Hezbollah provides a good example of this dramatic attitudinal change in messianic expectation. This revolutionary Shiite organization, which was originally created to fight the Israeli occupation of southern Lebanon (1982-2000), had at its inception been rather secular and even Marxist in its ideological orientation and use of terminology and symbolism. While Hezbollah has routinely utilized tropes that are traditionally Shiite (for example, the revered martyr Husayn is frequently utilized by Hezbollah as a revolutionary model to be emulated), the movement’s ideologues have conventionally placed little emphasis on the revelation of the Mahdi. This has definitely changed since approximately 2004, when a flood of books about the Mahdi began to spring from the popular presses of Beirut. These books have aimed to not only introduce classical prophecies about the Mahdi to ever-wider audiences, but have also provided religiously-charged interpretations of contemporary events in terms of the Mahdi’s imminent return designed to compel readers to take action. For example, prior to 2000, there were virtually no references to the Mahdi’s appearance in Hezbollah’s resistance literature concerning Israel. Yet with the 2006 campaign against Israel, Hezbollah published a record of the “miraculous occurrences” that took place during the war. The Mahdi is featured prominently in this account, such as in the following anecdote:

One of us began to pray the ordained prayer during the mid-day, when a man giving off rays of light appeared to him. The fighter said to him in surprise and fear, "Who are you? How did you get here?" The man said: "I am the Imam al-Hujja [a messianic title], your master, I appear by the permission of God to our supporters whenever I wish and in whatever place, and I would like to speak with you." He said: "My master, I am not alone, but there are other fighters in position."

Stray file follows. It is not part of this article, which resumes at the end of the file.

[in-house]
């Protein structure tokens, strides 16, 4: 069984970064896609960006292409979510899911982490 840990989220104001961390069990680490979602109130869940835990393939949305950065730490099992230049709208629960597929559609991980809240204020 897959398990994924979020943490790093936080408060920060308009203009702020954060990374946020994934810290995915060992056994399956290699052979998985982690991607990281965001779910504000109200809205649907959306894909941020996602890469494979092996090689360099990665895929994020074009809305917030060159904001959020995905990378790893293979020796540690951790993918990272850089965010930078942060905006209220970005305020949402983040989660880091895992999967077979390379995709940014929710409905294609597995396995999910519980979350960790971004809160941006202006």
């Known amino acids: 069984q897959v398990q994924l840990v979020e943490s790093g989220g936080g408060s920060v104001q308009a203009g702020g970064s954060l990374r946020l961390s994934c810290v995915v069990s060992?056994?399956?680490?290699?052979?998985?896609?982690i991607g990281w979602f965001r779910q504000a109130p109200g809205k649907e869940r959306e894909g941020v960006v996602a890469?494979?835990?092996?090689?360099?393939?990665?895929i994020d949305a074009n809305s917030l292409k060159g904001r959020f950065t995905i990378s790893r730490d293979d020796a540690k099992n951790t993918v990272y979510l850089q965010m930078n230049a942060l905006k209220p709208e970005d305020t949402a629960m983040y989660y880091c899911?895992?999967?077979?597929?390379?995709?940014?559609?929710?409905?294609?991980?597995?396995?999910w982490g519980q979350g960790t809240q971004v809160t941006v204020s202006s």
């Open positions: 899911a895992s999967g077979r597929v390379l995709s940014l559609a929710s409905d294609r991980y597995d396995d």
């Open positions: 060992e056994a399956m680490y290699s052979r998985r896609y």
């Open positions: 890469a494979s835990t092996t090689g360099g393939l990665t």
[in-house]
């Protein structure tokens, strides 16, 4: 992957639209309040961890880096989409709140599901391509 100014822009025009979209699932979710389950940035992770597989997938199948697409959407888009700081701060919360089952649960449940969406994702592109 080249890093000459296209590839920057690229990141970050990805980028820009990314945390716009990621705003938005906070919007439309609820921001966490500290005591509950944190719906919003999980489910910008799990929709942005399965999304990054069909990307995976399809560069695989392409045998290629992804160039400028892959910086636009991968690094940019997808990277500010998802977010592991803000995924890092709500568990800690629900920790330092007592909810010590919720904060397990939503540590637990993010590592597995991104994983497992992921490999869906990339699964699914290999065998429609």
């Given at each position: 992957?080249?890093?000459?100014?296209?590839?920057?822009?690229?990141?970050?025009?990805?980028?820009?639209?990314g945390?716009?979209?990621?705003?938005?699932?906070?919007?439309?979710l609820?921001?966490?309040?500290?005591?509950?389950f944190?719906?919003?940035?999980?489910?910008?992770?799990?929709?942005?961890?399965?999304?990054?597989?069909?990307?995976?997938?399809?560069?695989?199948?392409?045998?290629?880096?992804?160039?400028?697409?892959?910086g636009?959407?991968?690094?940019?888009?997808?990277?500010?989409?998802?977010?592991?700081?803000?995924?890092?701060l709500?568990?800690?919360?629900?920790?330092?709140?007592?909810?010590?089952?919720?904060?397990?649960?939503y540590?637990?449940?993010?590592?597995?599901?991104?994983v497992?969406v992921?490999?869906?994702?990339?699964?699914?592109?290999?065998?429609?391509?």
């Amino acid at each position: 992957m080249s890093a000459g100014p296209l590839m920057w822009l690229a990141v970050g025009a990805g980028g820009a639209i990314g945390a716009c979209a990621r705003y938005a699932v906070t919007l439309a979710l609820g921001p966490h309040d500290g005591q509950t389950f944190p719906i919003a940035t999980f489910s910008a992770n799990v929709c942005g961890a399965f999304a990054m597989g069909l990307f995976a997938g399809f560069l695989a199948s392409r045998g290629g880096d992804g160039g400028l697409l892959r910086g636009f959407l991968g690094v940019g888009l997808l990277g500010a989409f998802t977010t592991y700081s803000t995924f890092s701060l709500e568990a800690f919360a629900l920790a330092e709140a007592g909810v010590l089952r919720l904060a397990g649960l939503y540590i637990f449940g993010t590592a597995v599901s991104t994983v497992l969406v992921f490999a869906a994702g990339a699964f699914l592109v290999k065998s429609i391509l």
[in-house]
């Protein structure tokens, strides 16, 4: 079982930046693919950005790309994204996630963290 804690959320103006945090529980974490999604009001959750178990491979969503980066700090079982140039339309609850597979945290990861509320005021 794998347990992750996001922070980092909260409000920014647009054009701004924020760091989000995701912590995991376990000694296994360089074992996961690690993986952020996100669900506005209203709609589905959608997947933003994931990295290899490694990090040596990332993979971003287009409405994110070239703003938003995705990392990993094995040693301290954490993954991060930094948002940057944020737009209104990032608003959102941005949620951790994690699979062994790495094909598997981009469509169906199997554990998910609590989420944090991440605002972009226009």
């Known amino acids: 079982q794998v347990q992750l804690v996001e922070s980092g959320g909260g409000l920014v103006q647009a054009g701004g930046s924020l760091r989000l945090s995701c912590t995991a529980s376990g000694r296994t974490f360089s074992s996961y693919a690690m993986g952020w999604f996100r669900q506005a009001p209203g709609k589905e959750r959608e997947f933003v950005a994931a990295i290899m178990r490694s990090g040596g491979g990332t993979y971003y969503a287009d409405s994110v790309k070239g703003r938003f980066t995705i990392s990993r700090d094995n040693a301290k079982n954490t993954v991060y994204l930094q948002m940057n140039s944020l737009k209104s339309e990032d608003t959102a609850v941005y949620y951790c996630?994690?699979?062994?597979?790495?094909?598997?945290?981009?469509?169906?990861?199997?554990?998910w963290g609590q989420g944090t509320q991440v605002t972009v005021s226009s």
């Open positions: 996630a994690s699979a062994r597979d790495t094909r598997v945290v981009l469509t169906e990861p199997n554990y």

So the man guided the Mahdi to the other fighters. "Just at that moment the Zionists approached with their tanks and bulldozers" and when Israeli missiles began to rain towards the three fighters, the Mahdi pointed with his hand, and one of the missiles fell upon an Israeli tank instead. Then the three fighters began to attack the other tanks, and one of them succeeded in firing an RPG right at it, and destroyed it. "Then the Imam called out to the fighters, saying to them: ‘Now, retreat' and the fighters retreated, but they were victorious with his divine help."18

Of course, the appeal of militant mahdism is not confined to Lebanon’s Hezbollah exclusively. In contemporary Iraq, there is even more opportunity for radical Shiite elements of the Mahdist movement to express themselves-far greater, in fact, than there is in neighboring Iran. This is a consequence of both the Iranian regime’s control over religion and also of the general breakdown in social order in Iraq since the fall of the Saddam regime. Many Iraqis harbor deep suspicions of U.S. intentions in their country, and there are frequent assertions in the apocalyptic literature produced in Iraq that state that the purpose of the U.S.-led invasion was to initiate an apocalyptic war-in this case, to find the Mahdi and to kill him.19 Members of Muqtada al-Sadr’s Mahdi Army likely also share this view, believing that their mission is either literally to defend the Mahdi from American forces or figuratively to defend the Shiite community.20